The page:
Dr. Glaros plays bass guitar monthly at church and continues with his golf, which he describes as a work in progress.

CBTB visits Hope4Cancer in Baja California, Mexico!

CBTB visits Hope 4 Cancer Institute! CBTB is proud to explore the options available to provide hope to those affected by cancers below the belt. Hope4Cancer is a full service in-patient treatment center for cancer patients located in Baja California, Mexico.

H4C combines the latest non-toxic, evidence-based medicine that selectively targets cancer cells, with a sophisticated WHOLE BODY CANCER TREATMENT PROGRAM. As a result, they can comprehensively treat not just the cancer itself, but also the often ignored, underlying conditions that stimulate the growth, and later, the resurgence of cancer.

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Colon and rectal cancers surge among millennials and Generation X

[gdlr_styled_box content_color=”#ffffff” background_color=”#000000″ corner_color=”#3d6817″ ]A new American Cancer society report indicates that Millenials are at greater risk for colon and rectal cancer as someone born in 1950. Read USA Today’s coverage below and check out colon cancer awareness page.[/gdlr_styled_box]

[gdlr_quote align=”center” ]Someone born in 1990 has double the risk of early colon cancer and quadruple the risk of early rectal cancer as someone born in 1950.[/gdlr_quote]

Kim Painter, Special for USA TODAY Published February 28, 2017

[gdlr_dropcap type=”circle” color=”#ffffff” background=”#555555″]C[/gdlr_dropcap]olon and rectal cancers have increased dramatically and steadily in millennials and Generation X adults in the United States over the past four decades, a study confirmed Tuesday.

While scientists have not pinpointed an exact cause, prime suspects include obesity, inactivity and poor diets, said researchers from the American Cancer Society, reporting in the Journal of the National Cancer Institute.

“Colorectal cancer had been thought a success story,” because overall rates have fallen as screening has increased among older adults, said lead researcher Rebecca Siegel. “But it appears that under the surface, the underlying risk for colorectal cancer is rising, and it is rising pretty quickly among young adults.”

The result: Someone born in 1990 has double the risk of early colon cancer and quadruple the risk of early rectal cancer as someone born in 1950, Siegel and her colleagues reported. It is likely that millennials and Generation X adults “will carry that risk forward” as they age, she said.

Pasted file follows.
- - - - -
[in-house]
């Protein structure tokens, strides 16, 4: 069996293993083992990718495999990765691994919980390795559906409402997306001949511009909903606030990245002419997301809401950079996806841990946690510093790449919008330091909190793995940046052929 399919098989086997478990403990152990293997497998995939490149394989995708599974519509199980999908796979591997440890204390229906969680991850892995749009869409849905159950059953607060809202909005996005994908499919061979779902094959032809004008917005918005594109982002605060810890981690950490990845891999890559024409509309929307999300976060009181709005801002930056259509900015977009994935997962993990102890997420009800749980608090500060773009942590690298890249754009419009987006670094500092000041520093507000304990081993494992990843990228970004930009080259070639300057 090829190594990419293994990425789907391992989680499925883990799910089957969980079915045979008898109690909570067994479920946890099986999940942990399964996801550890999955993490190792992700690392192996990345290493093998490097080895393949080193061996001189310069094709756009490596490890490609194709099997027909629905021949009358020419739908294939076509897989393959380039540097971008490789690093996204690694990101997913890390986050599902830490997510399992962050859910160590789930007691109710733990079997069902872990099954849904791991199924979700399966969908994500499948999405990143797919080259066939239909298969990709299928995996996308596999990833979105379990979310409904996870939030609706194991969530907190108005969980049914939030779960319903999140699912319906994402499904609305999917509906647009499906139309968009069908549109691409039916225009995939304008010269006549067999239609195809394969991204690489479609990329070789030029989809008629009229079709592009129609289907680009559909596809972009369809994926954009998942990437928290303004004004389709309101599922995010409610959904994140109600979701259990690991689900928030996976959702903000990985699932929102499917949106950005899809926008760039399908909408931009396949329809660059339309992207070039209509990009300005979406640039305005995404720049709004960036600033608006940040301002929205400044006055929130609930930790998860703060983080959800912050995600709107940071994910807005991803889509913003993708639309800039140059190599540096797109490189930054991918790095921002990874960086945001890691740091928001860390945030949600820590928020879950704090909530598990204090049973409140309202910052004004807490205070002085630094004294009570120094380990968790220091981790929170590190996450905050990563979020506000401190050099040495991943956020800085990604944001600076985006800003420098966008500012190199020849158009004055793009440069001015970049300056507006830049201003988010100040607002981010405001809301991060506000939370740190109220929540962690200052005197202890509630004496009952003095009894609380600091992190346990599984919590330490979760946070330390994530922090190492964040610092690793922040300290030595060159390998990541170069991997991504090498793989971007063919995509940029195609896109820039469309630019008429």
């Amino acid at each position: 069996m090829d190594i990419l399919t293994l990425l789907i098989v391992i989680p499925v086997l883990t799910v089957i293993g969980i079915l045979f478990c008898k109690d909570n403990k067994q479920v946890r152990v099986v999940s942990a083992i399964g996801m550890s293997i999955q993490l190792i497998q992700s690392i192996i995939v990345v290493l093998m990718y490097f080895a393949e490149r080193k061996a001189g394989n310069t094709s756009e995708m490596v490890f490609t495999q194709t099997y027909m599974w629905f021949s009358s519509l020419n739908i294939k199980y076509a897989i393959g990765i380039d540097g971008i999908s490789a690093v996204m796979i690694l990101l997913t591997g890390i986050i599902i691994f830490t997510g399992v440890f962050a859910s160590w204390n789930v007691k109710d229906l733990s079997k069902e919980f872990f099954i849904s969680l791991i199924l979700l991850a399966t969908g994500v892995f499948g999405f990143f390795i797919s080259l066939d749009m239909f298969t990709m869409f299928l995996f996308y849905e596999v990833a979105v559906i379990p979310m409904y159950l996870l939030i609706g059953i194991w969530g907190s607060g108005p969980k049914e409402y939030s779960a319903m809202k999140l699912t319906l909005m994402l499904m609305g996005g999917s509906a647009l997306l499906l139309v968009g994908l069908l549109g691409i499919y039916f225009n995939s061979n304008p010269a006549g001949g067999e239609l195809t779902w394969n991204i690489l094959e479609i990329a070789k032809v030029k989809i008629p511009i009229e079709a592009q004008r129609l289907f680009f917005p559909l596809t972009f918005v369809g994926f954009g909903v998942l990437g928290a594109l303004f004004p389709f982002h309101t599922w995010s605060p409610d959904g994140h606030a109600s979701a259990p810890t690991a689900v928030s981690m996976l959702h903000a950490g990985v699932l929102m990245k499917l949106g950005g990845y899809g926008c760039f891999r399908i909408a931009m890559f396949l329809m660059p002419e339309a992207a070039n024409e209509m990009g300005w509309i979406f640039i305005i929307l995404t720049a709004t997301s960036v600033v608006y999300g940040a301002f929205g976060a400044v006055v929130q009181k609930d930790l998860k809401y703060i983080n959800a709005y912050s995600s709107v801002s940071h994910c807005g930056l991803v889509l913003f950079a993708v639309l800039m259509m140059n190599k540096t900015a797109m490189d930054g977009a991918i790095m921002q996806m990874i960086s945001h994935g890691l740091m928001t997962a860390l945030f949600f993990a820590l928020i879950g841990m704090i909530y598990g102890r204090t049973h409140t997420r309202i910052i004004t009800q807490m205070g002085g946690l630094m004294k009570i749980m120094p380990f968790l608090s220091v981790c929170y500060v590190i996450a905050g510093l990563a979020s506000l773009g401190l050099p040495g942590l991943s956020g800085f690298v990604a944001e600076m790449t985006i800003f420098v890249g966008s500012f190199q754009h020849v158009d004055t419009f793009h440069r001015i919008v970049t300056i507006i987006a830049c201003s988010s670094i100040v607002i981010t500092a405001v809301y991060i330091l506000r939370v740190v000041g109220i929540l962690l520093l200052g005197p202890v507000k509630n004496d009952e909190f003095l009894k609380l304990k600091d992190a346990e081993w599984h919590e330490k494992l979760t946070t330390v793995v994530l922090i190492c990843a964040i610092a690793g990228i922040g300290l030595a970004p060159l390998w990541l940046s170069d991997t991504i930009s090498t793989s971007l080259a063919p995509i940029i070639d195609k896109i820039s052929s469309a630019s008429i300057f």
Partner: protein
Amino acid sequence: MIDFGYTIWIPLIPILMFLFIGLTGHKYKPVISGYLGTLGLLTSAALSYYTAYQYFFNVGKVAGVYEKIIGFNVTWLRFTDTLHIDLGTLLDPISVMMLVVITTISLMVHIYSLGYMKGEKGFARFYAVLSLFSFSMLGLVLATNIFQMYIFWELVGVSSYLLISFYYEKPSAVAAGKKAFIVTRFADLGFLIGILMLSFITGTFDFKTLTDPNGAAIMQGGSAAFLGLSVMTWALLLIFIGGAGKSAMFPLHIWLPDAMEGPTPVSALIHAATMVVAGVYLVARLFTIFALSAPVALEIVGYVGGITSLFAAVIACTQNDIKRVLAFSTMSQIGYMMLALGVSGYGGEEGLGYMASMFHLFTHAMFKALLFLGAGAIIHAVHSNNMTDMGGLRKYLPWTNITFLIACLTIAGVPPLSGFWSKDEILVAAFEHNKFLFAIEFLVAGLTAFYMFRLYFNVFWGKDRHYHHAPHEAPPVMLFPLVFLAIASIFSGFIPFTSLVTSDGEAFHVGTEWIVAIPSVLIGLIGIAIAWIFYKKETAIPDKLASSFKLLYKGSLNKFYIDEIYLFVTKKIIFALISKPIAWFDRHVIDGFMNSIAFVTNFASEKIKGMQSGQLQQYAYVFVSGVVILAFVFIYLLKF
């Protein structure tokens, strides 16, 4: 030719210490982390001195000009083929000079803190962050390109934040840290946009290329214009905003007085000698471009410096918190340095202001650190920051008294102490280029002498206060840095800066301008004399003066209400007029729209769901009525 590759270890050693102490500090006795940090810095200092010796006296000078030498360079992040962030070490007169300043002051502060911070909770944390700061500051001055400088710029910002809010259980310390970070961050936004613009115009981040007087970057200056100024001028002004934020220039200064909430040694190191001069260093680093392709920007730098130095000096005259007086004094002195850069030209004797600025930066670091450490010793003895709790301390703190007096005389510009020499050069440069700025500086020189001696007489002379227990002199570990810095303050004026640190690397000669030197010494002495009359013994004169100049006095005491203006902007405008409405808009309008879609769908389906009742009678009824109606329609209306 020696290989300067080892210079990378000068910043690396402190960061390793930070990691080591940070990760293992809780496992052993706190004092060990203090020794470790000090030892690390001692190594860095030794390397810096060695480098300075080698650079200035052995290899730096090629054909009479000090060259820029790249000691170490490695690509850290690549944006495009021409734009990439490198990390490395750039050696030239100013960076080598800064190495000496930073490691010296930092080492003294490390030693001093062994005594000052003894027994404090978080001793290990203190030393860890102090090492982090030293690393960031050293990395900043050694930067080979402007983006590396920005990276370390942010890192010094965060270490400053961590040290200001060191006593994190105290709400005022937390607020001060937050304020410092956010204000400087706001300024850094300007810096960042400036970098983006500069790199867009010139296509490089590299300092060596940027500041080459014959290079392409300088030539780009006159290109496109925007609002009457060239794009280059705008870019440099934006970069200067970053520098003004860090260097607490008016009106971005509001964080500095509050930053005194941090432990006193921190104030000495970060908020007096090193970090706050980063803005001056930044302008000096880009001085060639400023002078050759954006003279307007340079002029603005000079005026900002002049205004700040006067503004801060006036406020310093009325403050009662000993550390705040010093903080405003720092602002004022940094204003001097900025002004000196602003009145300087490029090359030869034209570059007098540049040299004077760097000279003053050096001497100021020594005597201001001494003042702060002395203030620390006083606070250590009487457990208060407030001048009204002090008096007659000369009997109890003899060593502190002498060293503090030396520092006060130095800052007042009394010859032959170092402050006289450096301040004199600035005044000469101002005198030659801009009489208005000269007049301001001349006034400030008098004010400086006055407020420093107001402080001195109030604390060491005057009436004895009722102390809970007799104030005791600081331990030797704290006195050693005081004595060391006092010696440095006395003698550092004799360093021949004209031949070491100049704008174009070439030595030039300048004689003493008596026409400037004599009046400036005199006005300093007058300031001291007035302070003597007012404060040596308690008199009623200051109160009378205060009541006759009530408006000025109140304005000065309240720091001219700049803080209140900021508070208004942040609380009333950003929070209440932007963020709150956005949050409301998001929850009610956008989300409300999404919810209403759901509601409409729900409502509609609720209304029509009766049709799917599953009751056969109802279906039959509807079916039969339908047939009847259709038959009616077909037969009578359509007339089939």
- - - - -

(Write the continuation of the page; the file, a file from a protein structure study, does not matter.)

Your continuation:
Most of the nation’s 135,000 annual cases and 50,000 deaths related to colon and rectal cancer still occur among people over age 55. But the share of cases involving younger adults has risen to 29% for rectal cancer and 17% for colon cancer, the study showed. About 11,000 people in their 40s and 4,000 under 40 were diagnosed in 2013.

Previous studies picked up increases in young adults, but the new study provided new age-group details from nearly 500,000 cases reported between 1974 and 2013.  For example, it found rectal cancer rates rose an average of 3.2% a year among people in their 30s, starting in 1983.

“Anything more than about 1 percent a year is a big change,” Siegel said. Every age group under 50 saw sustained yearly increases at least that big, while every age group over 55 saw sustained declines, the study showed.

That means more people getting colon and rectal cancers today “are in their most productive years,” Siegel said.

“We are absolutely seeing this,” in cancer clinics, not only in the United States, but around the world, said Thomas Weber, a surgical oncologist who specializes in colorectal cancers and is a professor at the State University of New York Downstate Medical Center.

The latest data should “really raise the alarm,” he said.

Still, no health group recommends average-risk young adults get screening tests such as colonoscopies and stool testings. The cancer society will look at whether that should change, Siegel said. All screening tests come with potential harms, as well as benefits, she noted.

Right now, screening is recommended for adults over age 50 and for younger adults with certain genetic syndromes, gastrointestinal disorders or family histories. Because screening can catch polyps before they turn into cancer, it is the best explanation for falling colorectal cancer rates in older adults, Weber says.